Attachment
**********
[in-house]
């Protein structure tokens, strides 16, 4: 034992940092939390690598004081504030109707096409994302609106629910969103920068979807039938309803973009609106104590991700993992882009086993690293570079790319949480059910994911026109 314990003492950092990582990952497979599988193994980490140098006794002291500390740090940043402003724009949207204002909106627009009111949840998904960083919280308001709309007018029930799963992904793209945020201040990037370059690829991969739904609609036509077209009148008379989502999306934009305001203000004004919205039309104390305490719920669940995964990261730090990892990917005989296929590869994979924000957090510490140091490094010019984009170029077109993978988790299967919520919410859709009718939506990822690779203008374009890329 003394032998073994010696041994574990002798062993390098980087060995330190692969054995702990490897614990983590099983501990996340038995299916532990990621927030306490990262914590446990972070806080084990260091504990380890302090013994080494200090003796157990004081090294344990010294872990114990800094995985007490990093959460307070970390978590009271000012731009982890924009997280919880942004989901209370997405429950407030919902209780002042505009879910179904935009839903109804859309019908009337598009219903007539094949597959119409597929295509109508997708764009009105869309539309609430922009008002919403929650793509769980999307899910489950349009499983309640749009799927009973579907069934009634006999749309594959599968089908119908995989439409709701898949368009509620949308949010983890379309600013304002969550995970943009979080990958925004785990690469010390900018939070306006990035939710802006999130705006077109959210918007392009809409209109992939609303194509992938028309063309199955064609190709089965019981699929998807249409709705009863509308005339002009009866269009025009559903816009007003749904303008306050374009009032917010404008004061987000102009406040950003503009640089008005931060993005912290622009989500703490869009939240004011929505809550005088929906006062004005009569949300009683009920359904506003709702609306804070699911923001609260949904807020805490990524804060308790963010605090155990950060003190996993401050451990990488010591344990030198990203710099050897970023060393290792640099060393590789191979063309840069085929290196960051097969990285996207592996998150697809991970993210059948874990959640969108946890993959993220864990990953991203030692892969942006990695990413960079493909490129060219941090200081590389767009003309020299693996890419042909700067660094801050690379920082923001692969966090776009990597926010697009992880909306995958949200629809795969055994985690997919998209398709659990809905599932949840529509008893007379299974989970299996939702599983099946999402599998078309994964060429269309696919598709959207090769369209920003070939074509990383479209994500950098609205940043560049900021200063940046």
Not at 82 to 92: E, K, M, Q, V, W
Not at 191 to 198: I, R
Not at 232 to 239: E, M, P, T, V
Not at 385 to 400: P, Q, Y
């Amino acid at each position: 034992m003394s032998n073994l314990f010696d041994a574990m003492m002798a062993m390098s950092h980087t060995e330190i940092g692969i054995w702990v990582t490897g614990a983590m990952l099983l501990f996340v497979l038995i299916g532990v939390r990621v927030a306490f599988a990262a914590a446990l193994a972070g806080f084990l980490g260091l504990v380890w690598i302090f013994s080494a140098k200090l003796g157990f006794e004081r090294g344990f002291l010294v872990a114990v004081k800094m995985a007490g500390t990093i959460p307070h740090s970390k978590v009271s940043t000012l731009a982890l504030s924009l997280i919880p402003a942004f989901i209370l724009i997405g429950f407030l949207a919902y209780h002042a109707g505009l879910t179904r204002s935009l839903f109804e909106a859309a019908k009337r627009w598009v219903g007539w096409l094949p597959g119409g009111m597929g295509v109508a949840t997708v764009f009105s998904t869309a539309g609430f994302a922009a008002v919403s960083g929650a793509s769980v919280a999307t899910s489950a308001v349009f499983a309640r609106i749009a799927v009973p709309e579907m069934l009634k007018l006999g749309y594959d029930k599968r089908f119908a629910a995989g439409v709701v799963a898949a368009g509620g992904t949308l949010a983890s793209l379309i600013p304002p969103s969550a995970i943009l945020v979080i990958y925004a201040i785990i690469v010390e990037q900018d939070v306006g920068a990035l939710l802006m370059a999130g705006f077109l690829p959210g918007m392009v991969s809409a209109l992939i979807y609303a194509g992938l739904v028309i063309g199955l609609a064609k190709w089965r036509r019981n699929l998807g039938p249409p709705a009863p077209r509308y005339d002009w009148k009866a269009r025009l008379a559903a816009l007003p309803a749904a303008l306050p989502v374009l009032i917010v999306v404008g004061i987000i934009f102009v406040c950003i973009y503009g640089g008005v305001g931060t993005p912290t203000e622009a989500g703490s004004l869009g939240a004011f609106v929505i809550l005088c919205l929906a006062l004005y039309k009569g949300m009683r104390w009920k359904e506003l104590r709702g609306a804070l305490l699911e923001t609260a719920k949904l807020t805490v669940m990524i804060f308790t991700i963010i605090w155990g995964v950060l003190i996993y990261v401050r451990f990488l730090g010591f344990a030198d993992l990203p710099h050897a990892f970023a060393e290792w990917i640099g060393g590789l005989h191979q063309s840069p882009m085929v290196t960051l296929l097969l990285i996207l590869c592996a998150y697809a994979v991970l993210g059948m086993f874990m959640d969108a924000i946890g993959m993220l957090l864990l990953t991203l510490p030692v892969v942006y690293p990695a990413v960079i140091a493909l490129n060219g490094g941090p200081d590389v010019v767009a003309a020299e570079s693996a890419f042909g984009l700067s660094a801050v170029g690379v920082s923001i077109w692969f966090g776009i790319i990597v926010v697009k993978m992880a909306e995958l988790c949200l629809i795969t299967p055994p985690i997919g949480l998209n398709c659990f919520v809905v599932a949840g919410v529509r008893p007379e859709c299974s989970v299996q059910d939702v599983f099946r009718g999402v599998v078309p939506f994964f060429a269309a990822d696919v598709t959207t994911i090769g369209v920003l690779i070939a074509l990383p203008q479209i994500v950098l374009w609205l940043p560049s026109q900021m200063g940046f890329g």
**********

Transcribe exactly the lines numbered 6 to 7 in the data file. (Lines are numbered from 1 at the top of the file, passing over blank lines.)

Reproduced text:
Not at 385 to 400: P, Q, Y
């Amino acid at each position: 034992m003394s032998n073994l314990f010696d041994a574990m003492m002798a062993m390098s950092h980087t060995e330190i940092g692969i054995w702990v990582t490897g614990a983590m990952l099983l501990f996340v497979l038995i299916g532990v939390r990621v927030a306490f599988a990262a914590a446990l193994a972070g806080f084990l980490g260091l504990v380890w690598i302090f013994s080494a140098k200090l003796g157990f006794e004081r090294g344990f002291l010294v872990a114990v004081k800094m995985a007490g500390t990093i959460p307070h740090s970390k978590v009271s940043t000012l731009a982890l504030s924009l997280i919880p402003a942004f989901i209370l724009i997405g429950f407030l949207a919902y209780h002042a109707g505009l879910t179904r204002s935009l839903f109804e909106a859309a019908k009337r627009w598009v219903g007539w096409l094949p597959g119409g009111m597929g295509v109508a949840t997708v764009f009105s998904t869309a539309g609430f994302a922009a008002v919403s960083g929650a793509s769980v919280a999307t899910s489950a308001v349009f499983a309640r609106i749009a799927v009973p709309e579907m069934l009634k007018l006999g749309y594959d029930k599968r089908f119908a629910a995989g439409v709701v799963a898949a368009g509620g992904t949308l949010a983890s793209l379309i600013p304002p969103s969550a995970i943009l945020v979080i990958y925004a201040i785990i690469v010390e990037q900018d939070v306006g920068a990035l939710l802006m370059a999130g705006f077109l690829p959210g918007m392009v991969s809409a209109l992939i979807y609303a194509g992938l739904v028309i063309g199955l609609a064609k190709w089965r036509r019981n699929l998807g039938p249409p709705a009863p077209r509308y005339d002009w009148k009866a269009r025009l008379a559903a816009l007003p309803a749904a303008l306050p989502v374009l009032i917010v999306v404008g004061i987000i934009f102009v406040c950003i973009y503009g640089g008005v305001g931060t993005p912290t203000e622009a989500g703490s004004l869009g939240a004011f609106v929505i809550l005088c919205l929906a006062l004005y039309k009569g949300m009683r104390w009920k359904e506003l104590r709702g609306a804070l305490l699911e923001t609260a719920k949904l807020t805490v669940m990524i804060f308790t991700i963010i605090w155990g995964v950060l003190i996993y990261v401050r451990f990488l730090g010591f344990a030198d993992l990203p710099h050897a990892f970023a060393e290792w990917i640099g060393g590789l005989h191979q063309s840069p882009m085929v290196t960051l296929l097969l990285i996207l590869c592996a998150y697809a994979v991970l993210g059948m086993f874990m959640d969108a924000i946890g993959m993220l957090l864990l990953t991203l510490p030692v892969v942006y690293p990695a990413v960079i140091a493909l490129n060219g490094g941090p200081d590389v010019v767009a003309a020299e570079s693996a890419f042909g984009l700067s660094a801050v170029g690379v920082s923001i077109w692969f966090g776009i790319i990597v926010v697009k993978m992880a909306e995958l988790c949200l629809i795969t299967p055994p985690i997919g949480l998209n398709c659990f919520v809905v599932a949840g919410v529509r008893p007379e859709c299974s989970v299996q059910d939702v599983f099946r009718g999402v599998v078309p939506f994964f060429a269309a990822d696919v598709t959207t994911i090769g369209v920003l690779i070939a074509l990383p203008q479209i994500v950098l374009w609205l940043p560049s026109q900021m200063g940046f890329g």